The US Commerce Department has reported that wholesale inventories remained flat in March month-on-month, despite analysts’ expectations of a 0.1% increase.
The report, released on Monday, showed that business owners took an average of 1.4 months to sell out of their stock in March, a slight increase from 1.37 months in February. This indicates that businesses are not restocking their inventories at a significant rate, possibly due to uncertainty about the economic recovery or supply chain disruptions.
Wholesale inventories represent goods held by wholesalers and are often used as a leading indicator of economic activity. The flat reading in March suggests that businesses may be cautious about increasing their inventories in anticipation of future demand.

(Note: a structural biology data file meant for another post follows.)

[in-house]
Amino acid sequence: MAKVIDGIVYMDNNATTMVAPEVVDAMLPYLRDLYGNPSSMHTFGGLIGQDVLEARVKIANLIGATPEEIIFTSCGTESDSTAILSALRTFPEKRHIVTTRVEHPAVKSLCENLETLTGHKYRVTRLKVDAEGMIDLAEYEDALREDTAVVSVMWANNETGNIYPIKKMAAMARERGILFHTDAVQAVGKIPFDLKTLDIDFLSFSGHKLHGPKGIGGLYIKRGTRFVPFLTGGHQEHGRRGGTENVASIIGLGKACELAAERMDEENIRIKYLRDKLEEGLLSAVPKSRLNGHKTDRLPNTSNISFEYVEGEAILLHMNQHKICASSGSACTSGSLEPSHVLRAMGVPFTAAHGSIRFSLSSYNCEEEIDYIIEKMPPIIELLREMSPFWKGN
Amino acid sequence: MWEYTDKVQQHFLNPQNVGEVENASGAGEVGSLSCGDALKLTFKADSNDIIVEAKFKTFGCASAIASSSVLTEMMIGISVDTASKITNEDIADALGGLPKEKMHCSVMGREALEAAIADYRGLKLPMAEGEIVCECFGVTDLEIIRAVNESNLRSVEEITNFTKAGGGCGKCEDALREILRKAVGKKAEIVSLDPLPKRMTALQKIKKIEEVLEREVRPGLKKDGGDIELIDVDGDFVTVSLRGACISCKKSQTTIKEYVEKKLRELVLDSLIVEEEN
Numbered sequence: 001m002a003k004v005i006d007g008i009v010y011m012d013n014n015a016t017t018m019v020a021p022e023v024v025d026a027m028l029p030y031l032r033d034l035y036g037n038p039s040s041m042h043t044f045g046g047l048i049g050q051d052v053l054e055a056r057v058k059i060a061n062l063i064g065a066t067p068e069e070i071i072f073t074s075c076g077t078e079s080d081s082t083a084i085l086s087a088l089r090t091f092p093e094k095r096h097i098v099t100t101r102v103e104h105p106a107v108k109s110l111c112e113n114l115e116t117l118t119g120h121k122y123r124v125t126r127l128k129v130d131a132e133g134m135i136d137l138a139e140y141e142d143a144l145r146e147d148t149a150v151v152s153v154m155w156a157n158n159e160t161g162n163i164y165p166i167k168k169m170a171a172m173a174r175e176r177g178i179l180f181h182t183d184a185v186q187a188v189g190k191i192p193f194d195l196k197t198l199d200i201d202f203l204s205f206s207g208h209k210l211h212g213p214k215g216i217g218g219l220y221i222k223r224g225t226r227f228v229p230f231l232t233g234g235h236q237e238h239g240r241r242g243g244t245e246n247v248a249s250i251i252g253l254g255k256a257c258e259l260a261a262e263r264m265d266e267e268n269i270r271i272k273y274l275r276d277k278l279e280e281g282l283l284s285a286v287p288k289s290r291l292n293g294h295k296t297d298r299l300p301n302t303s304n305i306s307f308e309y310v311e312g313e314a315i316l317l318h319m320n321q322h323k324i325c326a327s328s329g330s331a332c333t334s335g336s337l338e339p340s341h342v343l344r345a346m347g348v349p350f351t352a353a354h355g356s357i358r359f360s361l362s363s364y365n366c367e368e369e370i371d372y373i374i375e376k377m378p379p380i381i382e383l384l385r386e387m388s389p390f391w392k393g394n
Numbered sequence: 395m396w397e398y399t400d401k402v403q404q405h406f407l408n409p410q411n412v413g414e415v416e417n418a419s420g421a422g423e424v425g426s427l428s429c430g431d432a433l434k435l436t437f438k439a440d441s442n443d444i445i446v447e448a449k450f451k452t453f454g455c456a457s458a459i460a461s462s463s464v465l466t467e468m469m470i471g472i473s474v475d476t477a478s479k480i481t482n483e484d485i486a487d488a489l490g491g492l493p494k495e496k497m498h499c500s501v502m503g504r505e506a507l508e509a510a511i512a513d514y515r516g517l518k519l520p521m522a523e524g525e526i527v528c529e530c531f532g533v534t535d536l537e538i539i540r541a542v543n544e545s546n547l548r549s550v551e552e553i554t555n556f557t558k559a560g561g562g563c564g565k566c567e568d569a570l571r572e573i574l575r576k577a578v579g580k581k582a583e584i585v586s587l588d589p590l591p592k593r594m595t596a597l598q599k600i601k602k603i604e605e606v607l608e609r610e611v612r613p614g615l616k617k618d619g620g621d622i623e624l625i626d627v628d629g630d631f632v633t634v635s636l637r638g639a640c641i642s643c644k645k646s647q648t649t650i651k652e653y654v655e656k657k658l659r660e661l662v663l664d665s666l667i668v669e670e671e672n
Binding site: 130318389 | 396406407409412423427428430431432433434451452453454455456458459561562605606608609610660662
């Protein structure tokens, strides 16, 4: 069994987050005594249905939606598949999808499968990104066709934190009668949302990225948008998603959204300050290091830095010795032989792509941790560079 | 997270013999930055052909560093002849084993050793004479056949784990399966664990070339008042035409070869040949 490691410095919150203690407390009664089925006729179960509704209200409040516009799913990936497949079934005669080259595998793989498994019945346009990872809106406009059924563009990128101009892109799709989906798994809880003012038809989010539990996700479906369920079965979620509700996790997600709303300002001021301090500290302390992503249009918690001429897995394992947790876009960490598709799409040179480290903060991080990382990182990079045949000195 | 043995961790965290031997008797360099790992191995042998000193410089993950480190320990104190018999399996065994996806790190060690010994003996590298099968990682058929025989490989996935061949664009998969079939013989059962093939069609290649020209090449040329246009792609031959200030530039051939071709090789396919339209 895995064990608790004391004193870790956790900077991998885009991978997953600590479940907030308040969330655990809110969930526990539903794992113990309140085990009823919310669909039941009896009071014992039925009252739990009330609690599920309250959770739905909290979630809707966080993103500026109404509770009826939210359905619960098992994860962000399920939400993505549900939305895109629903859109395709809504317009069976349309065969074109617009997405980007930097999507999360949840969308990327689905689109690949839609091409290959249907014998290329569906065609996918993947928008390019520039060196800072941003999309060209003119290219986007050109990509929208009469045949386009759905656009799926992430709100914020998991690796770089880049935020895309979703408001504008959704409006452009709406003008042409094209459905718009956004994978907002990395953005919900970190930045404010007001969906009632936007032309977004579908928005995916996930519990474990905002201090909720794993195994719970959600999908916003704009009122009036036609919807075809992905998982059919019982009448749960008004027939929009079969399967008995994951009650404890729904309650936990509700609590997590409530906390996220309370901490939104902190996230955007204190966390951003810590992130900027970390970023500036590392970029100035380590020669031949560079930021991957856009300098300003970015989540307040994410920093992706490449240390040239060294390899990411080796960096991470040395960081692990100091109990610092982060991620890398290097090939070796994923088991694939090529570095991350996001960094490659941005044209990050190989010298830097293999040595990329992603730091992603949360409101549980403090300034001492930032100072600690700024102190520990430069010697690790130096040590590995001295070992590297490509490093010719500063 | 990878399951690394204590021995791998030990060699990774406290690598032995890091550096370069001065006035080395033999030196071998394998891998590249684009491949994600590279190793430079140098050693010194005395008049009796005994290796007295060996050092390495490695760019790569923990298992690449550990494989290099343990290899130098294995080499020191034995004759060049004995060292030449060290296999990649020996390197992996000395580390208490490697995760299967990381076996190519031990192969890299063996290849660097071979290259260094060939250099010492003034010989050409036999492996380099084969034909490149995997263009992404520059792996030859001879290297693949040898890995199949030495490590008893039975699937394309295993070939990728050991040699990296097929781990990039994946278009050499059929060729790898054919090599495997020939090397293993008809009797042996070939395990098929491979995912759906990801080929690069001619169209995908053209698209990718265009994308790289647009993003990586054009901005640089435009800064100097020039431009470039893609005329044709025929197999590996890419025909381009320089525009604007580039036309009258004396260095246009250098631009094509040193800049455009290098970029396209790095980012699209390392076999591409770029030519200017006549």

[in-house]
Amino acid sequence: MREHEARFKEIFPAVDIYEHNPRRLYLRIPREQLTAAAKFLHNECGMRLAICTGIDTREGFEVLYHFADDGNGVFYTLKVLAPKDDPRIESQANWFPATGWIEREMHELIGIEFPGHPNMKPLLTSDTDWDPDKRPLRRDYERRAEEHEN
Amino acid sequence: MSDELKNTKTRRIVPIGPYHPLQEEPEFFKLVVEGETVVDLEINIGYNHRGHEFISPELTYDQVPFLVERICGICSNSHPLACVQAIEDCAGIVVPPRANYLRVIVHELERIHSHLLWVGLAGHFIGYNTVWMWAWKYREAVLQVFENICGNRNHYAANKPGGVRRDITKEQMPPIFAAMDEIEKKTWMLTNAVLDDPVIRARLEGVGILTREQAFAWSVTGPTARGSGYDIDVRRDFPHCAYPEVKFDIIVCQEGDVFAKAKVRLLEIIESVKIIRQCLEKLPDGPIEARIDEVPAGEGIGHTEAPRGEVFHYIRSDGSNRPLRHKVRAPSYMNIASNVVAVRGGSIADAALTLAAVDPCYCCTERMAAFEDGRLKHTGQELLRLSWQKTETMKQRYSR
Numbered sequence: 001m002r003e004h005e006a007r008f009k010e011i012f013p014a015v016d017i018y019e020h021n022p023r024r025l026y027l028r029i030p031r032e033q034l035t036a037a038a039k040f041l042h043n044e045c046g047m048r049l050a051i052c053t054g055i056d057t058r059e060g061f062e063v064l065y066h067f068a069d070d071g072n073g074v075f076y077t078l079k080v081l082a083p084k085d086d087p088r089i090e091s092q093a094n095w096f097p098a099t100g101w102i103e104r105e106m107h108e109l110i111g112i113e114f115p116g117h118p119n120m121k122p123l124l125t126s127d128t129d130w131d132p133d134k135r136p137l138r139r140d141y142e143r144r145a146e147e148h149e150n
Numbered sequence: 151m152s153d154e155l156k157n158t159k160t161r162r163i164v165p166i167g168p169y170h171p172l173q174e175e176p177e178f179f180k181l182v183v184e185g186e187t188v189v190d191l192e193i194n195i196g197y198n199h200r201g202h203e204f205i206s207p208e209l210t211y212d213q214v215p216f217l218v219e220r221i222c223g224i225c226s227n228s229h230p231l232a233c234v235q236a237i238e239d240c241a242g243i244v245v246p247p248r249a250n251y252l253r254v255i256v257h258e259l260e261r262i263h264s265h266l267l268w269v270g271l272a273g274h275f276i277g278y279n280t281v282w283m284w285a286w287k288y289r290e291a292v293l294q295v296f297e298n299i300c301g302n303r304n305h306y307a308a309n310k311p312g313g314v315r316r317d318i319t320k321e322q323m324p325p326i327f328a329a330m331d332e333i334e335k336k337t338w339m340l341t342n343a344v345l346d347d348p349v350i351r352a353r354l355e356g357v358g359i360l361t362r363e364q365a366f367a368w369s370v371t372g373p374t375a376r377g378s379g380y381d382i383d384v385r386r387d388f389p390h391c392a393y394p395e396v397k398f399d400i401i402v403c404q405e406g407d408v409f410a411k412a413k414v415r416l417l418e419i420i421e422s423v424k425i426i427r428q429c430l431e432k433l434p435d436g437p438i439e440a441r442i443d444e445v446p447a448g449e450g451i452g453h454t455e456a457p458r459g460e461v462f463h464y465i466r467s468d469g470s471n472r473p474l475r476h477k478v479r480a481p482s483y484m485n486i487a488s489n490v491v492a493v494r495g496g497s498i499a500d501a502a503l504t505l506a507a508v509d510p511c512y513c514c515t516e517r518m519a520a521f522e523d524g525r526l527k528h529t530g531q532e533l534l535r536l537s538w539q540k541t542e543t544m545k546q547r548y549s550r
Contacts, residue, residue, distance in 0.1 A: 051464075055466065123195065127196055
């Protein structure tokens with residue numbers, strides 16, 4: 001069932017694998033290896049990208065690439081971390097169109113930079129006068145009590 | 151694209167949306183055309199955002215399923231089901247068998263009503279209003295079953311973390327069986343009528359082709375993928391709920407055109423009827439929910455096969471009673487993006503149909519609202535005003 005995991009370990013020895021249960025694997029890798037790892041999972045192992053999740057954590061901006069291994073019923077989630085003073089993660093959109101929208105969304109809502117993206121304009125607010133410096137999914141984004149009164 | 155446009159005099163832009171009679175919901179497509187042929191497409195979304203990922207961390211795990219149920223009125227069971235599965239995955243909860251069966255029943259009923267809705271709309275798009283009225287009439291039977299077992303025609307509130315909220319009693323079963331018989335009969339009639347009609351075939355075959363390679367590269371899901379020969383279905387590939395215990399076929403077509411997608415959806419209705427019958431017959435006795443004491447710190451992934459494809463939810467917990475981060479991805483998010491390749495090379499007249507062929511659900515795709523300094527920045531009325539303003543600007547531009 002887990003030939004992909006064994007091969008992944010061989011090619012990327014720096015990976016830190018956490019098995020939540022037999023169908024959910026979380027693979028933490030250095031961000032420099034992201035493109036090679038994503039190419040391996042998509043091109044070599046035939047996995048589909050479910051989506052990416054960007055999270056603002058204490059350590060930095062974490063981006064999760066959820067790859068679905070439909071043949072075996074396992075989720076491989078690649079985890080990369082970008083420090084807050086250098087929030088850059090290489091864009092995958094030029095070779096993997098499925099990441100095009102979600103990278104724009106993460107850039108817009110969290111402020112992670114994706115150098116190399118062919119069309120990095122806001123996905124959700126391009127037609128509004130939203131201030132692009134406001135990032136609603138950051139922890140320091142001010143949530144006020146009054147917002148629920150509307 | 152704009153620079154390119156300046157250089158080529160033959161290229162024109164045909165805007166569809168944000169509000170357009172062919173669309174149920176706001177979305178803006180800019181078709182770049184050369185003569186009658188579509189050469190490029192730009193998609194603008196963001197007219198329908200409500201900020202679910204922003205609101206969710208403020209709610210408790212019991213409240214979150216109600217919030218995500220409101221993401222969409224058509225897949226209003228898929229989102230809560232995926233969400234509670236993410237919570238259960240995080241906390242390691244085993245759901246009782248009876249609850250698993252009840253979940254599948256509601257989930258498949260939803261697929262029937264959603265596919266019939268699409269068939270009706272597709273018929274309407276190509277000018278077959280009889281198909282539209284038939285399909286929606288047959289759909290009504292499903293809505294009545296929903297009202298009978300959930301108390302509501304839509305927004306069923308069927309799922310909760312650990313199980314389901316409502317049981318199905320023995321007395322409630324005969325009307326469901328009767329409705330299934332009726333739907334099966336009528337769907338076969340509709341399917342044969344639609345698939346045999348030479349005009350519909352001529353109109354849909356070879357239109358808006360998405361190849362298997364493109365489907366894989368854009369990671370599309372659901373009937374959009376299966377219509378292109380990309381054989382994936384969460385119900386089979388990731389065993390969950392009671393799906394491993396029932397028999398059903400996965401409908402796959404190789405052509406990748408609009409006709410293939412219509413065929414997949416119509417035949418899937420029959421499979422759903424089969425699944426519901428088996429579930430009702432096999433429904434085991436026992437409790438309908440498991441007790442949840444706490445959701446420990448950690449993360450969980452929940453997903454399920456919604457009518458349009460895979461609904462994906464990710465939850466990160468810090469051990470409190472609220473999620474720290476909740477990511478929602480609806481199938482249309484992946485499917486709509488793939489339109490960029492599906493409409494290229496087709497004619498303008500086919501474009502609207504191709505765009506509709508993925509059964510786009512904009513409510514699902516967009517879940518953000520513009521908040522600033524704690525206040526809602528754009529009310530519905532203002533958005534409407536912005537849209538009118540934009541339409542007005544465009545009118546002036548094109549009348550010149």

The Commerce Department report also showed that sales at the wholesale level increased by 4.6% in March, compared to the same period last year. This indicates that businesses are able to move their existing inventory, despite not increasing it significantly.
The report is the latest sign of a mixed economic recovery in the US, with some sectors experiencing rapid growth while others struggle to regain their footing. The Commerce Department will release the next wholesale inventory report in June, providing further insight into the state of the US economy.